The Western Journal of Black Studies

Volume 30, Issue 3

Supporting Diversity Works:
African American Male and Female Employment
in Six Florida Cities
James Button—University of Florida
Kelli N. Moore—James Madison University
Barbara A. Rienzo—University of Florida

Studies that address African American labor market trends tend to focus on how blacks fare relative to whites, with little attention given to the job market performance of black women compared to black men. This empirical survey of 167 randomly-selected businesses in six Florida cities explores African American male and female employment and the independent factors that explain these employment levels. Findings indicate that black males are employed at slightly higher levels than black females, suggesting the double-disadvantage of race and sex discrimination confronting black women. Multivariate regression analysis utilizing demographic data and characteristics of the firms reveal that for black men, businesses that favor diversity in the workplace and support affirmative action are likely places of employment. Black women benefit more from national- or regional-based firms that promote a multicultural workforce.
pp. 133-141

Offensive Language Afflicts Black Youth’s Psyche
Joseph Bailey—Retired Orthopedic Surgeon, Carson, Ca

A new way of thinking is required to assess whether offensive language afflicts the psyche (Egyptian for “soul”) of struggling Black American youth. Ordinary evaluations are inadequate because the subject is in chaos; the subject possesses many hidden recesses; and the subject’s components are beyond the scope of the “Objective” Scientific Method. To the end of getting around these problems, and to remove barriers to insights concerning causes and effects, and to design a new paradigm for management, this article focuses on five major points.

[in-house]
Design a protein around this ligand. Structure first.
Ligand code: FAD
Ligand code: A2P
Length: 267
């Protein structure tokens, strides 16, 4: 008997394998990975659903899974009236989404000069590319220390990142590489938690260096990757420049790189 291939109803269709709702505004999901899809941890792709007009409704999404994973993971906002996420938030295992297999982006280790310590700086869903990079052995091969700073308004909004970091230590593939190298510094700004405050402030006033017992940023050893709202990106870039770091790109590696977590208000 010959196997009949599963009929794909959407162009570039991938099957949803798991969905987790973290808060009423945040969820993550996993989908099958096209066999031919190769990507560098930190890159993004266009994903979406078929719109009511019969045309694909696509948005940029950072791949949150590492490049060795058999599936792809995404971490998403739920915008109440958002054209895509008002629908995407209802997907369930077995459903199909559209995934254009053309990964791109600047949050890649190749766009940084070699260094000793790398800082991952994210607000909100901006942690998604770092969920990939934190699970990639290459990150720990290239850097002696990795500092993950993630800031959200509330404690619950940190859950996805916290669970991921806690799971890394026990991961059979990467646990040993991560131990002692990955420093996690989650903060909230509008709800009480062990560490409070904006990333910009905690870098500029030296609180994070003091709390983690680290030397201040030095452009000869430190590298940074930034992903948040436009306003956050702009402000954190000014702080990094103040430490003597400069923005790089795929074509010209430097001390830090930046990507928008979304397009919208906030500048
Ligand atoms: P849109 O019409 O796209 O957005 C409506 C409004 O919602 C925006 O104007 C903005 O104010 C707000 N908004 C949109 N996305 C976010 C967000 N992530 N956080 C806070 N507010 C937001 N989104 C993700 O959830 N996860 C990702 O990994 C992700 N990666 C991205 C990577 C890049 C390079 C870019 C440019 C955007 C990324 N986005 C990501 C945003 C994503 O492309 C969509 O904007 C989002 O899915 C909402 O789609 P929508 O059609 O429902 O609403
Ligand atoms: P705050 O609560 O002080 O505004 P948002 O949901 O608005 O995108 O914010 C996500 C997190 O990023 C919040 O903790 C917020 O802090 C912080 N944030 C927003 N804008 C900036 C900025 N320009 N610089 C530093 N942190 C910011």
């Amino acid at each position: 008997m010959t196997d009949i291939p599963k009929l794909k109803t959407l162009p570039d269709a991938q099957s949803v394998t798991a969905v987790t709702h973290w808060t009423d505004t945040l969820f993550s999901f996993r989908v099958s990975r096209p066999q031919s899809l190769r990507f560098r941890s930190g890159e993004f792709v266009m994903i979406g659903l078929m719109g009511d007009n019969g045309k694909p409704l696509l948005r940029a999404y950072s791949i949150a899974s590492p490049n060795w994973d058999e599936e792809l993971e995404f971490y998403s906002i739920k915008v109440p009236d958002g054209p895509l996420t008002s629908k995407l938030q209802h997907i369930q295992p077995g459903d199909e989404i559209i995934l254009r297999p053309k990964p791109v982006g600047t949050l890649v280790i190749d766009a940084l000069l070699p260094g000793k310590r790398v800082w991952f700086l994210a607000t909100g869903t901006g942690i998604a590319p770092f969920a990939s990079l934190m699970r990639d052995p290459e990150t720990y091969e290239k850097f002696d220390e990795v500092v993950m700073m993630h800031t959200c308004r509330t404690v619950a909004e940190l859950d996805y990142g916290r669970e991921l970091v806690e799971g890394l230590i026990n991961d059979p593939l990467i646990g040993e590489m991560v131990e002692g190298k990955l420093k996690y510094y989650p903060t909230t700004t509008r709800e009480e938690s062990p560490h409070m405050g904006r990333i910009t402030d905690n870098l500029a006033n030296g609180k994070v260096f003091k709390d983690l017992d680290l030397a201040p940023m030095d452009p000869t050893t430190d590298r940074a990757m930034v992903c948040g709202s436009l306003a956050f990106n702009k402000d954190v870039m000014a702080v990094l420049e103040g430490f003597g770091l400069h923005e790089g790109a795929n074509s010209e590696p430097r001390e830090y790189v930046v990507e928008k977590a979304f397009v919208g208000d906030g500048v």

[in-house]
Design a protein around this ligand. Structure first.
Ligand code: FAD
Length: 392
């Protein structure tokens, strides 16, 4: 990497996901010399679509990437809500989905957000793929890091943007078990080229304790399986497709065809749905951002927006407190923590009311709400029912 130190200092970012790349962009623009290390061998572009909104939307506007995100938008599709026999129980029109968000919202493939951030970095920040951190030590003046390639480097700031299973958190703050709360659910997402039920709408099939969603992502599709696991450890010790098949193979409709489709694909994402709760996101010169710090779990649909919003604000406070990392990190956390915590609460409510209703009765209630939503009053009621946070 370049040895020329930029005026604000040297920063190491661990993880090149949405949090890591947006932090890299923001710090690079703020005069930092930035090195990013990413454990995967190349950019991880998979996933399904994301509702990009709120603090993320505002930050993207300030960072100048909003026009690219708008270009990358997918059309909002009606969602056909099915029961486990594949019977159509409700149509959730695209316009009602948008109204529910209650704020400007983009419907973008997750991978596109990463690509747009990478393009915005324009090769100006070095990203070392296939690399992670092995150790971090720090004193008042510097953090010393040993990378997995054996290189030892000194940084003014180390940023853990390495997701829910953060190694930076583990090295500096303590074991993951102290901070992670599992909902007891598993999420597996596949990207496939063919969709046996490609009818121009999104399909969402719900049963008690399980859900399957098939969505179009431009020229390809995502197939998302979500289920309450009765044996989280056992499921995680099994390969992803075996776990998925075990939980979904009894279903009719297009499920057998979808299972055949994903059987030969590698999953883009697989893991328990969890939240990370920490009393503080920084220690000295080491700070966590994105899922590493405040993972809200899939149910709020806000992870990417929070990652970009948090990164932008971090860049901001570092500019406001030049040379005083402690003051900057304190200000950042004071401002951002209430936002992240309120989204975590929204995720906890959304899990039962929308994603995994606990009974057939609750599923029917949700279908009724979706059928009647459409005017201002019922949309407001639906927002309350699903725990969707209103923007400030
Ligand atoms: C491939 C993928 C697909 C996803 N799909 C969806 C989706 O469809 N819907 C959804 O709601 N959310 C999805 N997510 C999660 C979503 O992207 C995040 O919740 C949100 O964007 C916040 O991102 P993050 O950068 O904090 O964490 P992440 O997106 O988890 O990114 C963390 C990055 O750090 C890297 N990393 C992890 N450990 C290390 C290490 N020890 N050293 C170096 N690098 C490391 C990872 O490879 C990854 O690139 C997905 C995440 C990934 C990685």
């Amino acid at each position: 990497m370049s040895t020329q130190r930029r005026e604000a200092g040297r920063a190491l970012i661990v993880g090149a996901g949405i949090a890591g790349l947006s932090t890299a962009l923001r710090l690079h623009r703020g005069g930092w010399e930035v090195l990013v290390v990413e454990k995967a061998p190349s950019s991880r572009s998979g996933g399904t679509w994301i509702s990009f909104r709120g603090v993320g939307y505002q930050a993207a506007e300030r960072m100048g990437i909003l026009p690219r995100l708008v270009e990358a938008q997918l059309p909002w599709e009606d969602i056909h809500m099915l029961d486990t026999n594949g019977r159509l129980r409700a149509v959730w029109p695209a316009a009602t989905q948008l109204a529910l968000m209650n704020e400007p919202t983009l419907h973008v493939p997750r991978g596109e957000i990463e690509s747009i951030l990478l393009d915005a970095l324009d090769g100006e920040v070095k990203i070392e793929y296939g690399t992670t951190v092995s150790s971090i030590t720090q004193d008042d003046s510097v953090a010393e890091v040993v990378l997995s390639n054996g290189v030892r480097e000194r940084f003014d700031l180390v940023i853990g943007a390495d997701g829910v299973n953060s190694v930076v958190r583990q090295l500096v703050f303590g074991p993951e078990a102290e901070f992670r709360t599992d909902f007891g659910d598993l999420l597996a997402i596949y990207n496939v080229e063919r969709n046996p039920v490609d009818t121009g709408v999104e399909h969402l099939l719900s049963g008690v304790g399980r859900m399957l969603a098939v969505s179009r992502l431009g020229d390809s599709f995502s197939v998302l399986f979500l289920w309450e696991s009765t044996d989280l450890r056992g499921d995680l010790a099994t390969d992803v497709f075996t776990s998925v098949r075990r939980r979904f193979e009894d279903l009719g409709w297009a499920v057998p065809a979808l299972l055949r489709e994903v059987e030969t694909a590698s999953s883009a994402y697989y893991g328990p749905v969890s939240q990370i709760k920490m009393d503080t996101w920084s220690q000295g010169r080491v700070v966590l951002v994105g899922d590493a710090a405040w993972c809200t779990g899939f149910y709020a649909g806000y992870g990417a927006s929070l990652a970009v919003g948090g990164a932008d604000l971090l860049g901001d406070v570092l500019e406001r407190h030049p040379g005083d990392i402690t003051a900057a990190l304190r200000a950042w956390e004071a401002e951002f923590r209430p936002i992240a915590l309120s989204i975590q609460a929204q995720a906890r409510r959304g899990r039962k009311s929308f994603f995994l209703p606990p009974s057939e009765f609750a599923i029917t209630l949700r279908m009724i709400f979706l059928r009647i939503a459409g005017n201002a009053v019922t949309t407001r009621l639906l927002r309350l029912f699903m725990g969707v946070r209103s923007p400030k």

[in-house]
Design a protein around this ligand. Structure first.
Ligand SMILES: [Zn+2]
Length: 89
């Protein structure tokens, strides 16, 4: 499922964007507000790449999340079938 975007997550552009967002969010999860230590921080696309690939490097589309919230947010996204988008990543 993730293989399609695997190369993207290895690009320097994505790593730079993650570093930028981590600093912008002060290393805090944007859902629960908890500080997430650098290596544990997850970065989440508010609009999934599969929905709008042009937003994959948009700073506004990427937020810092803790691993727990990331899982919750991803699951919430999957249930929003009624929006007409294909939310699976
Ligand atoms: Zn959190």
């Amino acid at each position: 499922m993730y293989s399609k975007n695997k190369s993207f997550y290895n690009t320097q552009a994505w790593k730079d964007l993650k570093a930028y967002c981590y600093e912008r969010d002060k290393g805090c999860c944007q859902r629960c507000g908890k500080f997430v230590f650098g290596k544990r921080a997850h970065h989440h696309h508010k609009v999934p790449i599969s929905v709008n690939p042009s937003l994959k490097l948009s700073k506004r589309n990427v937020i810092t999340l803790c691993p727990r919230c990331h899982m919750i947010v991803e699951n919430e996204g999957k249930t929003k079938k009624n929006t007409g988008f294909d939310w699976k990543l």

First is discussing the Subjective Realm of Ancient African Tradition so as to spotlight standards against which the effects of offensive language can be compared. Second is reviewing how offensive language arose in Africa and then mushroomed when Africans were brought to the Americas as slaves. Third is classifying offensive language and outlining how it is displayed in “The Streets.” Fourth is speculating on how offensive language afflicts Black’s psyche and self-esteem. Fifth is proposing over-simplified methods for reversing presumed psyche afflictions. Despite the inability to ever prove or disprove the propositions contained herein, they still serve as “workable” tools for assessing and managing problems of an offensive language nature
pp. 142-154

Realizing Democratic Values With Race-Sensitive Affirmative Action
Manley Elliott Banks, II—University of Florida